Deep-seated shifts in behaviours pivot on the pandemic

exercise bike with city view in the window
Exercise bike with city view in the window. (kosmos111/Getty Images)

Insight Comment
Values – in contrast to value for money – are creating new challenges for the hospitality industry. Sustainability and ESG are becoming ever-more important priorities for customers, operators, employees and owners. Meanwhile, there are other, less obvious shifts in personal and corporate standards of behaviour. 

The hospitality industry is emerging from the pandemic with a long list of changed priorities.

Not for the first time, delegates at the Annual Hotel Conference in Manchester heard that investors want to know what hotels are doing to alleviate issues around sustainability and ESG (environmental, social and governance). Customer are making the same kind of value judgements. 

The keener focus on provision of wellness facilities, such as gyms and spas at the expense of bars and restaurants, is an indicator of the life-choices being made by guests.

At the same time, labour shortages meant customers often have to accept later check-in times caused by gaps in the housekeeping functions. Similar problems further down the supply chains meant that clean linen – for example – is harder to come by.

Meanwhile, sector employees have become exposed to customer behaviours that are sometimes aggressive. Many understandable frustrations are created by the pandemic and lockdown necessities way beyond the control of, say, restaurant staff. But they have had to endure the impact of questionable personal codes of ethics. 

Conference participants heard about shifts in the power balance between owners of hotels and the companies whose brands are often on show during a panel discussion entitled: "Pivot! Rethinking Business Models and Growth Strategies". According to Nicholas Northam, executive vice president - international for Interstate Hotels & Resorts, there was increasing acceptance across the industry that responsibilities are shared more equitably.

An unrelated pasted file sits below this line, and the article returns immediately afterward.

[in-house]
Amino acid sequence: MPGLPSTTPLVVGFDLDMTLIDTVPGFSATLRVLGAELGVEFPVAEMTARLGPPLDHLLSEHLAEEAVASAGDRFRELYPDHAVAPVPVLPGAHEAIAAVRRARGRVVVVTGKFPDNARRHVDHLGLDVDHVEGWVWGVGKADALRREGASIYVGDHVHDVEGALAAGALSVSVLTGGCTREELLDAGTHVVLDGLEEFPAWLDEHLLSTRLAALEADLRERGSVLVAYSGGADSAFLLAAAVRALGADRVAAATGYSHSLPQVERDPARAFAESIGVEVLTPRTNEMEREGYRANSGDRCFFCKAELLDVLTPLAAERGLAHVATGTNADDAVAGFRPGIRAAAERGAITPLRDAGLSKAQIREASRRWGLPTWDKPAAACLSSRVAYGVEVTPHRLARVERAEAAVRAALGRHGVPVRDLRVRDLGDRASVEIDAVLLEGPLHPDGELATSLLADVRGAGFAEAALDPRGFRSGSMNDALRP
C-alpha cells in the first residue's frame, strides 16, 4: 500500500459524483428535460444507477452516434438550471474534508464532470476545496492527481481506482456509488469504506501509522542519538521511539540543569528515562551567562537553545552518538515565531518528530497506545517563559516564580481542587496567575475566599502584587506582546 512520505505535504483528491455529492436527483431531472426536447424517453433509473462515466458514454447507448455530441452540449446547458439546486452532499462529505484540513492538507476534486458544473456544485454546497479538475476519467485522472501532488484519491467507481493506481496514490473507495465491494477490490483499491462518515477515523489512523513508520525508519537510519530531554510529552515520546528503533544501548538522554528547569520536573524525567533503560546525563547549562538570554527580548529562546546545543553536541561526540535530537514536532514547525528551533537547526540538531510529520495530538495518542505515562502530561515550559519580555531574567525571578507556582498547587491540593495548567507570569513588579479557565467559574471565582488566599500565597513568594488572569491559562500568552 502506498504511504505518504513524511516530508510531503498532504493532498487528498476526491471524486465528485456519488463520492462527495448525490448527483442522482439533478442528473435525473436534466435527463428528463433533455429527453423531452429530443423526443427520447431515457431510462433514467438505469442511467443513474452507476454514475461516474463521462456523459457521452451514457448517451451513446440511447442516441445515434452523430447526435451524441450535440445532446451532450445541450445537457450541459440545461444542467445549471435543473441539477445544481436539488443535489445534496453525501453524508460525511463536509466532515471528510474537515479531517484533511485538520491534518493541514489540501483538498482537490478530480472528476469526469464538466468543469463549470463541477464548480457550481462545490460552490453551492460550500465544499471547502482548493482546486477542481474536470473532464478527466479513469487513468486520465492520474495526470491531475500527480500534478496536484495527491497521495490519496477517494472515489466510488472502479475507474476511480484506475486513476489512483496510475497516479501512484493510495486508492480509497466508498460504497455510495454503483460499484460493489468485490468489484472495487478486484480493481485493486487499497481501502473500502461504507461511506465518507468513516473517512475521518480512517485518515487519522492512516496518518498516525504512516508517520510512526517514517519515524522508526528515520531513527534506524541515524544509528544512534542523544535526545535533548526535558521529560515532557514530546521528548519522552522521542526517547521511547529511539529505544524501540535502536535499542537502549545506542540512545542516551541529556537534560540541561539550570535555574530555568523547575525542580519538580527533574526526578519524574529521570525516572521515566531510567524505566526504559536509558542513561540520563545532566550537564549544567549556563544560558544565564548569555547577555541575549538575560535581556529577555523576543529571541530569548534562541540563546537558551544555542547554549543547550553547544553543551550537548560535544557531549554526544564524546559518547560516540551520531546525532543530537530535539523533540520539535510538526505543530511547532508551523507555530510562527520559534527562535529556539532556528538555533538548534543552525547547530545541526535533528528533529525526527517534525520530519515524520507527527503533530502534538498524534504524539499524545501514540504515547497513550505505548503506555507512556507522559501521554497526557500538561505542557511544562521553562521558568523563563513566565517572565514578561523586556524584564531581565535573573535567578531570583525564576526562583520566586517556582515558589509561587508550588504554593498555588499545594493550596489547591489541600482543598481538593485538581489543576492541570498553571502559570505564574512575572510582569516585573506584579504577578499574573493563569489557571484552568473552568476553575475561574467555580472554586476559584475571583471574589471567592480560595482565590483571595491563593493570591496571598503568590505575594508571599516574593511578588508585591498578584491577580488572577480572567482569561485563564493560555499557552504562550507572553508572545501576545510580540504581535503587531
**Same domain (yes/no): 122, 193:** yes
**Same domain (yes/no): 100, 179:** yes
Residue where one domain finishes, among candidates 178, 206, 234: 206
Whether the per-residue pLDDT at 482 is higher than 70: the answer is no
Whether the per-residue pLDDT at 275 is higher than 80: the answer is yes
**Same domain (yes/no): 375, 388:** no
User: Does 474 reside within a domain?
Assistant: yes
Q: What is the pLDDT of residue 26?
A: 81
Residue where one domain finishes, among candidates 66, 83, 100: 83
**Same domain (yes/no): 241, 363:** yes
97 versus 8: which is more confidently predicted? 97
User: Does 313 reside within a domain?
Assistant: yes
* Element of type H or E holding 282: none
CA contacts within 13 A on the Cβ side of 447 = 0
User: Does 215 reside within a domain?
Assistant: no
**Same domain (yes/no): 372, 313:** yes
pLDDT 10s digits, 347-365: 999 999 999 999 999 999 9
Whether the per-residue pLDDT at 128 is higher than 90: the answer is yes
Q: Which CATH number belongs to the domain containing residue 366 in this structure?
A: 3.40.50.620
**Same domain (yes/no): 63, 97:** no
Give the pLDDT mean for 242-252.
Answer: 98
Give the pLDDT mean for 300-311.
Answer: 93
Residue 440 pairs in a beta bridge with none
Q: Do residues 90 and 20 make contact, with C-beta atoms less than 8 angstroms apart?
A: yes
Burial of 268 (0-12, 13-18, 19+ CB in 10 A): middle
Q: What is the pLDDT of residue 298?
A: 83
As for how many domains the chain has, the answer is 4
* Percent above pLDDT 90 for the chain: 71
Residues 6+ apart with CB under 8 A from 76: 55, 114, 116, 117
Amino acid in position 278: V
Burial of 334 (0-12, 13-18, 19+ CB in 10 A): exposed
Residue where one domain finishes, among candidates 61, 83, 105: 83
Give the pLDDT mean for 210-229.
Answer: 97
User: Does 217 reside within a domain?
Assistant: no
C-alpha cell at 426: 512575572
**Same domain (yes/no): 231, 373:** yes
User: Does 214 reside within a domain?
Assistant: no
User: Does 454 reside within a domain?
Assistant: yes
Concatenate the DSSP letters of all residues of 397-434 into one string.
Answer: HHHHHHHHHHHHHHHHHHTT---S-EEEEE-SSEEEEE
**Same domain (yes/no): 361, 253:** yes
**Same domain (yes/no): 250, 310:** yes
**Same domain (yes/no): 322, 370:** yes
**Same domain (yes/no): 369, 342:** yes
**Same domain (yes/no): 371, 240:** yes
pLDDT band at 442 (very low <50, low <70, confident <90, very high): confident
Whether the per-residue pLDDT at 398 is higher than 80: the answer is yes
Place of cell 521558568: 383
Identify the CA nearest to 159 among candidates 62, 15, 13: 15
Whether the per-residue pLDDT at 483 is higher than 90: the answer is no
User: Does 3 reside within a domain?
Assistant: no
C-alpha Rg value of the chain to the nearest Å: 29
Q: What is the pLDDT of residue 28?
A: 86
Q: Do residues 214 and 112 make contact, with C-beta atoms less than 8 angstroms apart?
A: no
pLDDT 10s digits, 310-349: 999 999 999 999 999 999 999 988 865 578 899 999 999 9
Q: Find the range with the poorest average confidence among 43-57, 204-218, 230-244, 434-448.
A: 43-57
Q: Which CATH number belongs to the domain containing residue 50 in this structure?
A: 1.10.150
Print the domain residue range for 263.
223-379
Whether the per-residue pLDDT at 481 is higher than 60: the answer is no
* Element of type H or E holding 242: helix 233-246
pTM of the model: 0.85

Hubert Viriot, CEO of YOTEL, spoke of the hard-to-define characteristics such as “creativity and independence.”

On the employee side, Camil Yazbeck, Accor’s senior vice president and head of development for Northern Europe, said employers need to do more to encourage workplace feelings of pride. Speaking of his own relatively unusual experience, he said he joined the industry at first because he wanted a job. He added: “But a job became a career and then a calling.”

Alongside the changed priorities, the hospitality industry is emerging from the pandemic with new imperatives. 

Most business executives used to avoid making overtly political statements. Yet the adverse impact of the UK’s Brexit split from the Europe Union is commonly acknowledged. That said, speakers have quite different views about the depth of the effects and persistence of the problems. 

But Chris Dexter, CEO of Kew Green, in a directly political appeal to the UK Government about relieving pressure in the labour market said: “Open up the visa channels,” he said. Pay rates were rising, he said, but jobs remained unfilled because there were insufficient numbers of people available for work.

Northam, who leads Interstate’s white-label operations at more than 120 hotels in the UK, Ireland, Continental Europe, Russia and CIS, said the labour shortage was less about the number of people available for work and more about the skills of potential employees.

“We are looking at many different ways to find the talent we need,” he said. Among the programmes that may have previously fallen foul of a company’s behavioural sensibilities, Interstate has set up what he called “academies” in some UK prisons. Thanks to Intestate, Northam said, inmates were receiving instruction on kitchen and housekeeping roles.